We are now approaching a full year of life with the COVID-19 outbreak in the United States, and it has become clear that high quality phone and internet service is a necessity for all of us to continue to have some semblance of it. normal life. People across the country rely on these services for their jobs, education, health care, and to maintain contact with family and friends during this difficult and isolated time. Here in Minnesota, many of us rely on Frontier Communications to provide these services, and as the Minnesota Public Utilities Commission (PUC) plans to approve Frontier’s exit from bankruptcy, we have the ability to ensure that residents of the Minnesota are receiving the improved service they deserve.
Frontier, Minnesota’s second-largest telephone service provider covering 250,000 homes in the state, filed for bankruptcy on April 14 last year after taking billions of dollars in debt and driving customers away by refusing to invest in their network or workforce.
In Minnesota, Frontier’s service failures have been apparent for many years. The Minnesota PUC and the Attorney General’s Office have undertaken Frontier service inquiries and business practices, finding systemic problems and violations of state law. These investigations have resulted in settlements that will help some Frontier customers. But for clients living in rural areas, Frontier services continue to languish. As Frontier plans on how to file bankruptcy, I’m concerned the company is considering investing in Minnesota to expand broadband internet access.
The Minnesota PUC is expected to reconsider its approval of Frontier’s bankruptcy plan on Thursday, February 18. To be clear: the PUC cannot be sure whether this bankruptcy plan is in the best interests of Minnesota residents unless Frontier commits to investing in improved service across the state and the deployment of a 21st century fiber network. This is why CWA is calling on the Minnesota PUC to reopen Frontier’s bankruptcy proceedings and follow the lead of other states that have secured commitments from Frontier on new investment, new fiber deployment and adequate personnel to perform. work.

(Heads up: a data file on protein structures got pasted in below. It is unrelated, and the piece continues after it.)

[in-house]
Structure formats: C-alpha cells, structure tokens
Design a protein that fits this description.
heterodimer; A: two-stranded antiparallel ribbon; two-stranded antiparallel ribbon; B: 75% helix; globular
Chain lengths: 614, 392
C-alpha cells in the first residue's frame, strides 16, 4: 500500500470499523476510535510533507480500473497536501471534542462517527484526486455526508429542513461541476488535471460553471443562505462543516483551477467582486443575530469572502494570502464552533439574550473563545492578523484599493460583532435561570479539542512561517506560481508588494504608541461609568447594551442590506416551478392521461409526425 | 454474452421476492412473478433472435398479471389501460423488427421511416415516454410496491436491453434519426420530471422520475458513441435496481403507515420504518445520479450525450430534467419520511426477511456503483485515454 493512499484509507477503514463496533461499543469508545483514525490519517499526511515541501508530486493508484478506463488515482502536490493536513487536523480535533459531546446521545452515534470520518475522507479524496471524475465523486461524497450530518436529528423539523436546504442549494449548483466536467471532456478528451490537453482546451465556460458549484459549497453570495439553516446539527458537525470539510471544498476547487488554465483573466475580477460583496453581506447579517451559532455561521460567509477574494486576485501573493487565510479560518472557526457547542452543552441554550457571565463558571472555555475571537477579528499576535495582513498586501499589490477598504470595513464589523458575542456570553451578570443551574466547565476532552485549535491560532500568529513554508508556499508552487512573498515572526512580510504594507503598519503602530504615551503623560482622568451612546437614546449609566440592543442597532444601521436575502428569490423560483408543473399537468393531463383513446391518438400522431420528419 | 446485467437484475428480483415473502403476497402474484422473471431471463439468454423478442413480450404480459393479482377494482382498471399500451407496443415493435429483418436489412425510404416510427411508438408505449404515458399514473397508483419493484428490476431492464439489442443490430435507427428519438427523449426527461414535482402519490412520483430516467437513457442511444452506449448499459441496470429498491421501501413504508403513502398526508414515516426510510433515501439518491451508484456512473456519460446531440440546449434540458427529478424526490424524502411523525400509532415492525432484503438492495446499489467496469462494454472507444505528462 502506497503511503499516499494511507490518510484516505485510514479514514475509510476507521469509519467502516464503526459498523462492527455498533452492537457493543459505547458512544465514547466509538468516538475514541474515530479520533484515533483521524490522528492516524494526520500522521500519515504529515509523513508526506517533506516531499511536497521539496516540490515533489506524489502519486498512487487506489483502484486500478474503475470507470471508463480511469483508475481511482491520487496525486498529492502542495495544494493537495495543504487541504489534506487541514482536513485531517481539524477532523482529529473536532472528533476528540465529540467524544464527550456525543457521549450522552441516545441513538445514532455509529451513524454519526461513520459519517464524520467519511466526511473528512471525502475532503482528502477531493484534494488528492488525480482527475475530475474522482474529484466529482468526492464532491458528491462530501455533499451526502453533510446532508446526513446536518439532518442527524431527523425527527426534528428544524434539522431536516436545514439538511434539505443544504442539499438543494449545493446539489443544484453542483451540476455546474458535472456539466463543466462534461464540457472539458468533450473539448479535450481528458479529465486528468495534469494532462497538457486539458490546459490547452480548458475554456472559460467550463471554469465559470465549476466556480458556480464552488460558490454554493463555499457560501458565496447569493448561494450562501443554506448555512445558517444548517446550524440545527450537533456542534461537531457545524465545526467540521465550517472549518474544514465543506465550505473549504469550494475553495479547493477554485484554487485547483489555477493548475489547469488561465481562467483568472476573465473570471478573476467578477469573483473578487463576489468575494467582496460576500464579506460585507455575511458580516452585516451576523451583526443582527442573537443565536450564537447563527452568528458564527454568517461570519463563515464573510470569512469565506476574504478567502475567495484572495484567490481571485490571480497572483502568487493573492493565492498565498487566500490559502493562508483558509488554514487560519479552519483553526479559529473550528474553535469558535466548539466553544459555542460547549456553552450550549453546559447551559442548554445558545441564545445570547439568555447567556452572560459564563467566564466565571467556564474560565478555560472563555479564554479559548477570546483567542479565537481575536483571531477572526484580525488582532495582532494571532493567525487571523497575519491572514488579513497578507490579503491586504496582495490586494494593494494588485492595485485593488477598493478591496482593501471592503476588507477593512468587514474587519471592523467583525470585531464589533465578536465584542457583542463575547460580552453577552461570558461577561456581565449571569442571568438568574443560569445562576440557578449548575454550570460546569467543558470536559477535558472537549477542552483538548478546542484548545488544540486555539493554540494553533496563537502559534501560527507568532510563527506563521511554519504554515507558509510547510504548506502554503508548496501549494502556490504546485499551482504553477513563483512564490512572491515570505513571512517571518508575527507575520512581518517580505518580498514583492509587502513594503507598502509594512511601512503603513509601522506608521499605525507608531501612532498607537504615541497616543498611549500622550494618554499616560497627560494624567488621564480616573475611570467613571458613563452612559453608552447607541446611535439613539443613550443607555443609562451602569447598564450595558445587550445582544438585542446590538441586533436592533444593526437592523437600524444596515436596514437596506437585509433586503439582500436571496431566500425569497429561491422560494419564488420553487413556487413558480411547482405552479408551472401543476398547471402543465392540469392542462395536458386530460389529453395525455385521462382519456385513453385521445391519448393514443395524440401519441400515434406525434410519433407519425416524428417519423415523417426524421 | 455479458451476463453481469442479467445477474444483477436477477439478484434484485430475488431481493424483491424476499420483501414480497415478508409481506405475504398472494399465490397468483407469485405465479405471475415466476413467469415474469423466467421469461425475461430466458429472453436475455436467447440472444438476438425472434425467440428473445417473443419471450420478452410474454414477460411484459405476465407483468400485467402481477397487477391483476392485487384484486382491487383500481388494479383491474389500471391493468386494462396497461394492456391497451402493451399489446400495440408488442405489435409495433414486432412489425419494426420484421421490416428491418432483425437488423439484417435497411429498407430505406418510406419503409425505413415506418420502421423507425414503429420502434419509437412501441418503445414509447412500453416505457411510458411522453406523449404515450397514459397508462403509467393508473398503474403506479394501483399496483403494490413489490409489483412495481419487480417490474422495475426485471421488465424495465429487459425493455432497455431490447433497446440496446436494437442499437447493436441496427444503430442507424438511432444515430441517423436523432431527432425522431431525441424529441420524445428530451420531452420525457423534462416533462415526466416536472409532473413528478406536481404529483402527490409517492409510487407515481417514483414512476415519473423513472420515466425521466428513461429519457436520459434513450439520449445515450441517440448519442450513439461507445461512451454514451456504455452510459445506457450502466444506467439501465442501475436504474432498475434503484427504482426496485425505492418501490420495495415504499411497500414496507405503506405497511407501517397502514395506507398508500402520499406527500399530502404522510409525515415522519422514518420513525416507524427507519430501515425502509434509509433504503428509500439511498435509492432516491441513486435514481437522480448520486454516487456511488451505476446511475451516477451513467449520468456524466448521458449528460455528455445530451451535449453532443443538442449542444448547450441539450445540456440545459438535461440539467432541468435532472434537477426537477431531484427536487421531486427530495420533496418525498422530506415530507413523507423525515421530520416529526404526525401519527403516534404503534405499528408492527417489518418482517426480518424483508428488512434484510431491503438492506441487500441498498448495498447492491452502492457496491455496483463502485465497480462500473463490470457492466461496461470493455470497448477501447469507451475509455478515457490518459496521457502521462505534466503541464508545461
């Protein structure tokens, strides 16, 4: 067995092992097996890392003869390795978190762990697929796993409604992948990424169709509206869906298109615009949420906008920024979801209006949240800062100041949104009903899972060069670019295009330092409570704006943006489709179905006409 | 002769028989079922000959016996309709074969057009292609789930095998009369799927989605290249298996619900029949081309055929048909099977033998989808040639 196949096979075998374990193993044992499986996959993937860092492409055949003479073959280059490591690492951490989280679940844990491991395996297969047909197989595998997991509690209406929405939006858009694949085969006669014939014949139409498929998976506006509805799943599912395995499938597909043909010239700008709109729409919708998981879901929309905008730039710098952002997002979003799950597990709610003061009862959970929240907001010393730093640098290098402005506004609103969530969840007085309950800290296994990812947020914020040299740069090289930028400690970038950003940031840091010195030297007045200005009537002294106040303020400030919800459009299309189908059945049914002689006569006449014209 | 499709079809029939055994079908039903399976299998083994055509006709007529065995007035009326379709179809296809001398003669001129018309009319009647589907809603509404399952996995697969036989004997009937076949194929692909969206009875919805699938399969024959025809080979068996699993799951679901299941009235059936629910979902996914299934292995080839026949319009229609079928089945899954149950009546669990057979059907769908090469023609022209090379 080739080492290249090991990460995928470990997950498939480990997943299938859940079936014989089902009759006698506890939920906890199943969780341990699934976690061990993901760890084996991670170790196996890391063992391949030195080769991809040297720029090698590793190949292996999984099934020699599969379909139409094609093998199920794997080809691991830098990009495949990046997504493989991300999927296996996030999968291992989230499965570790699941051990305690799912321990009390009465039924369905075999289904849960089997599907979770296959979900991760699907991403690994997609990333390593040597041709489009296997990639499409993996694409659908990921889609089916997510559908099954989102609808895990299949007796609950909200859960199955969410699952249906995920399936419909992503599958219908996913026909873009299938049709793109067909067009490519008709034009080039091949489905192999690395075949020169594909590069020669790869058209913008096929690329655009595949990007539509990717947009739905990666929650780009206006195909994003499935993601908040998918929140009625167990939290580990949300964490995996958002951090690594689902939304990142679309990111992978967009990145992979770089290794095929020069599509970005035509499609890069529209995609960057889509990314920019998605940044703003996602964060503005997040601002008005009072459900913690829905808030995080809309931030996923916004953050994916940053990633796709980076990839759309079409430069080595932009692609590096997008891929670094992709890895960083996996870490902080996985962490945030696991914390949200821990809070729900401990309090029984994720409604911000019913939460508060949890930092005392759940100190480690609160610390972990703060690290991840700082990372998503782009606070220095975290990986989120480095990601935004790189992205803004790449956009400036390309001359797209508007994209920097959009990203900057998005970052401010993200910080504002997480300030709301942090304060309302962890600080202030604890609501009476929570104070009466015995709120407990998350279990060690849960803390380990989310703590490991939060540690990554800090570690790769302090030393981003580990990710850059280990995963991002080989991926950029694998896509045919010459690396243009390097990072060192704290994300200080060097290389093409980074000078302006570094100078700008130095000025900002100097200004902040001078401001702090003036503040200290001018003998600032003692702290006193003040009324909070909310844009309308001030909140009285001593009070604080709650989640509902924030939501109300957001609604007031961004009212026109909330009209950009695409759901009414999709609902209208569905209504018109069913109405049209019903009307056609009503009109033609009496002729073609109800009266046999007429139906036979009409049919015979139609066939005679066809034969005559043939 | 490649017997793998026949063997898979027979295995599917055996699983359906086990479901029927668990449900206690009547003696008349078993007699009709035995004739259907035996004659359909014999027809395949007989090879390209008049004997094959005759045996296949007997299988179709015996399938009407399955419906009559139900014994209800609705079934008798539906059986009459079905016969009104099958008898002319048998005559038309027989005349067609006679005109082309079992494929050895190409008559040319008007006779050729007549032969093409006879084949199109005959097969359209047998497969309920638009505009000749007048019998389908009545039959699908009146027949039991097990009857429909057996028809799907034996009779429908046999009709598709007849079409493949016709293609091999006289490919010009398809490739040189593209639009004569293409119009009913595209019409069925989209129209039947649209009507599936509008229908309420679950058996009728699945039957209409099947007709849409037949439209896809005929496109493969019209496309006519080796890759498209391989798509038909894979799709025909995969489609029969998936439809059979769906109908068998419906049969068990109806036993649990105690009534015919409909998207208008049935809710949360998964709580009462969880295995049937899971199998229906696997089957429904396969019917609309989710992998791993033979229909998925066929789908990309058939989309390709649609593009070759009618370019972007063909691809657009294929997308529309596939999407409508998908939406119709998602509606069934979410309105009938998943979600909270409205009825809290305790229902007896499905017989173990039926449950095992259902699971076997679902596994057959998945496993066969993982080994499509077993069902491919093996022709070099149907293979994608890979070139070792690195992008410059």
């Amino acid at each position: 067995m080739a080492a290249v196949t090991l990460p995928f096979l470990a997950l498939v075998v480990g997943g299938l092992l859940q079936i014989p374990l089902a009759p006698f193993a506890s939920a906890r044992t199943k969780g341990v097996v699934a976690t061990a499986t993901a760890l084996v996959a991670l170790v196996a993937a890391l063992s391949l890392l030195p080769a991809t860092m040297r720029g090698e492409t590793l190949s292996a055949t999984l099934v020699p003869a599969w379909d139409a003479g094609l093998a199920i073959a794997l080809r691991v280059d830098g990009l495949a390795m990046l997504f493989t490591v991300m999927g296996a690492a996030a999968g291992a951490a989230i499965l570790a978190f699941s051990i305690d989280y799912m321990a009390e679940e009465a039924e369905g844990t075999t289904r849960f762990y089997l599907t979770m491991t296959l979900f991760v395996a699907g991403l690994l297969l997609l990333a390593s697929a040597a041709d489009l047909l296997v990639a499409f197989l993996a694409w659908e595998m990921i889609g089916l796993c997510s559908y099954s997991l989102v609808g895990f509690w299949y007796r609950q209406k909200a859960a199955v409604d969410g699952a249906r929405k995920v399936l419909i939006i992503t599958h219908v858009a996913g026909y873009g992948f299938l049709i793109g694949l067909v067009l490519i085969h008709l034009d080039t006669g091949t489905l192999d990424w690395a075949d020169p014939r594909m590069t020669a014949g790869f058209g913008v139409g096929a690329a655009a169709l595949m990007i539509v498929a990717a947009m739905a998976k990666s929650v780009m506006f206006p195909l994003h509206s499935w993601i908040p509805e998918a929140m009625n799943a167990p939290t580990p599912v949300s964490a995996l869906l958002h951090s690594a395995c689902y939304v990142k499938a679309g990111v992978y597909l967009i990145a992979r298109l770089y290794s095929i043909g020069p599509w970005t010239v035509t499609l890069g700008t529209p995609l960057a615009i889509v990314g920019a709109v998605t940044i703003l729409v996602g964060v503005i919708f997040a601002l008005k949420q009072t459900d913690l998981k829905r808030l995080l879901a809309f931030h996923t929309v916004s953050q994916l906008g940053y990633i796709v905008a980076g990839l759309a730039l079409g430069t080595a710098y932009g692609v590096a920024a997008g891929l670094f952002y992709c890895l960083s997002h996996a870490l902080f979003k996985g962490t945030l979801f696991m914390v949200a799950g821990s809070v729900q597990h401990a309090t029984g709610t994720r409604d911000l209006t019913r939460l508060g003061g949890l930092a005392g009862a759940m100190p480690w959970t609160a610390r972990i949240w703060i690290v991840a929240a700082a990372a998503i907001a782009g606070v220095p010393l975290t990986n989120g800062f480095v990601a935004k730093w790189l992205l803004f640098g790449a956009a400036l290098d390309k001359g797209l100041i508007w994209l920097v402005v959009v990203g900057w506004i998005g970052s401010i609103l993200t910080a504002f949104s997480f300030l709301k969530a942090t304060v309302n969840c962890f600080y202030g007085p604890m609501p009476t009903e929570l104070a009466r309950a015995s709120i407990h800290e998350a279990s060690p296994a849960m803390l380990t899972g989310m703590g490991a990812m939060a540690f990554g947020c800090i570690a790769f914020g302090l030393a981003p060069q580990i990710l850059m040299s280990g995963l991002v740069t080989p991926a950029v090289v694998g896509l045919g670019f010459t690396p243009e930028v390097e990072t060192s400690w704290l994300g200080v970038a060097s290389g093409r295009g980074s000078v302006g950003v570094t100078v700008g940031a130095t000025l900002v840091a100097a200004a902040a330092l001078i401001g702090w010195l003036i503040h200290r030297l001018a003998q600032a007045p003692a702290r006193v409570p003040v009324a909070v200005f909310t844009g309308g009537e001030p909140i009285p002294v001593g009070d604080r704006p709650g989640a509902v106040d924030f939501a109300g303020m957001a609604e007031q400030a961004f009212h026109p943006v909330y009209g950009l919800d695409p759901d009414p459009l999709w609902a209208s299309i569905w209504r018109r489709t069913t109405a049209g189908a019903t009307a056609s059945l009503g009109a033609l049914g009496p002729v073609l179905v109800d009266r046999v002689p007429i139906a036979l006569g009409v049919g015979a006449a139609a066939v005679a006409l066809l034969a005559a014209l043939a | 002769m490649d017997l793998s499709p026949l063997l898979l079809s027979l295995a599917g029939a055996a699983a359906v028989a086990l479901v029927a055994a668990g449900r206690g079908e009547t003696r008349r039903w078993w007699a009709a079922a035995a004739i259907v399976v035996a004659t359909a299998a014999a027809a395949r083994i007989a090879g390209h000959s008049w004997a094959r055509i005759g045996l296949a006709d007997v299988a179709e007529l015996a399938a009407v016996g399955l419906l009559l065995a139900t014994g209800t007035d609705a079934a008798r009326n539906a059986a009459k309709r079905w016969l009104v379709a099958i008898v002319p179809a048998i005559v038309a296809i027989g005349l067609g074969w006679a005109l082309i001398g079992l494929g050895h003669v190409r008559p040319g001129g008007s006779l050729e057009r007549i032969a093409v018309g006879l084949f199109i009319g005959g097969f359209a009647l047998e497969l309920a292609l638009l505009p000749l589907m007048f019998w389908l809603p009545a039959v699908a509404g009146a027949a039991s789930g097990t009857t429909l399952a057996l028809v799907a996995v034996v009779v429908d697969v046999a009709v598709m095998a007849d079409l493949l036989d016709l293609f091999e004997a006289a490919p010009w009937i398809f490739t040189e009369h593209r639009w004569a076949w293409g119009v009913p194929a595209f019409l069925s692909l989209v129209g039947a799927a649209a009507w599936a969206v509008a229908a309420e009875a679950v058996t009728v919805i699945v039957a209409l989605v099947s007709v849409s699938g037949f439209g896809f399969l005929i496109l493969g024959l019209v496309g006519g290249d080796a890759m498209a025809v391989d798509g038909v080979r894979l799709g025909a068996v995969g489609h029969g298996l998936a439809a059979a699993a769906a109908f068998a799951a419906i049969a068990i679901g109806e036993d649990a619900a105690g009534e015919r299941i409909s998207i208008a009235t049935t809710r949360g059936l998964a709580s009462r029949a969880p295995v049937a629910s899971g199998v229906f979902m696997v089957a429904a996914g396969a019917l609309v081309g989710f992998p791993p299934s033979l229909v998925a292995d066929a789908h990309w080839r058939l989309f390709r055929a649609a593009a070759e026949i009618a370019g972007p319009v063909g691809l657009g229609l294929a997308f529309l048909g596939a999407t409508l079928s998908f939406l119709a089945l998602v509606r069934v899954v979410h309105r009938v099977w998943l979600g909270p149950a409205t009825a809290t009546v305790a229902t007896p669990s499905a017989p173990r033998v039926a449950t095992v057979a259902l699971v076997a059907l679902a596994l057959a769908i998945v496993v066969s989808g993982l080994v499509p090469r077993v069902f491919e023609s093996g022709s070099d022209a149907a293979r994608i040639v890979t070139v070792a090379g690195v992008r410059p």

Minnesotans left behind
In its December Quarterly Update on Wall Street, Frontier reported on its post-bankruptcy “modernization plan,” which includes nearly 3 million customers who will benefit from high-speed fiber-optic internet service over the years. Next 10 years. Frontier’s plan identified 10 states in line for new fiber deployment, none of which was Minnesota.
In addition, Frontier recently bid to receive federal grants as part of the Rural Digital Opportunity Fund auction to provide high-speed broadband in rural areas and has won over $ 37 million in federal funding for supporting more than 125,000 customers in eight states. None of those customers are in Minnesota. This is of great concern as a significant investment is required from Frontier to provide residents of Minnesota with the quality of telecommunications services they deserve.
Other states – including California, West Virginia, and Connecticut – have reviewed Frontier’s bankruptcy plan and obtained settlements or ordered Frontier to comply with commitments that include new fiber investments, capital spending to improve their struggling network; and labor commitments to make sure the job is done right. These states have taken a critical step in holding Frontier accountable.
I think the past actions of Frontier leaders make it clear why accountability is so crucial. After years of debt-financed acquisitions and underinvestment that drove Frontier into bankruptcy, Frontier’s top eight executives awarded themselves an additional $ 16.2 million in bonuses last summer while they were bankrupt, in addition to the millions they are already receiving under their existing compensation agreements.
Meanwhile, years of downsizing and a lack of resources have pushed our members to breaking point. Areas that were once covered by six to eight technicians are now covered by two. As a result, the remaining technicians cannot provide the kind of service customers deserve. Necessary repairs to the network are ignored or postponed, resulting in continued deterioration of the plant and customer service.
The Minnesota PUC, in its initial approval of Frontier’s bankruptcy plan, made no commitment by the company to invest or maintain an adequate workforce. Minnesota families and businesses deserve better. We need assurances that Minnesota will not be left behind by the new border. The PUC has the power to solve this problem by demanding that Frontier provide better service to Frontier customers who are struggling for connectivity amid the pandemic.
Mark Doffing is president of Local 7270 of the Communications Workers of America, representing members working as technicians and at Frontier call centers in the southern Minnesota area.
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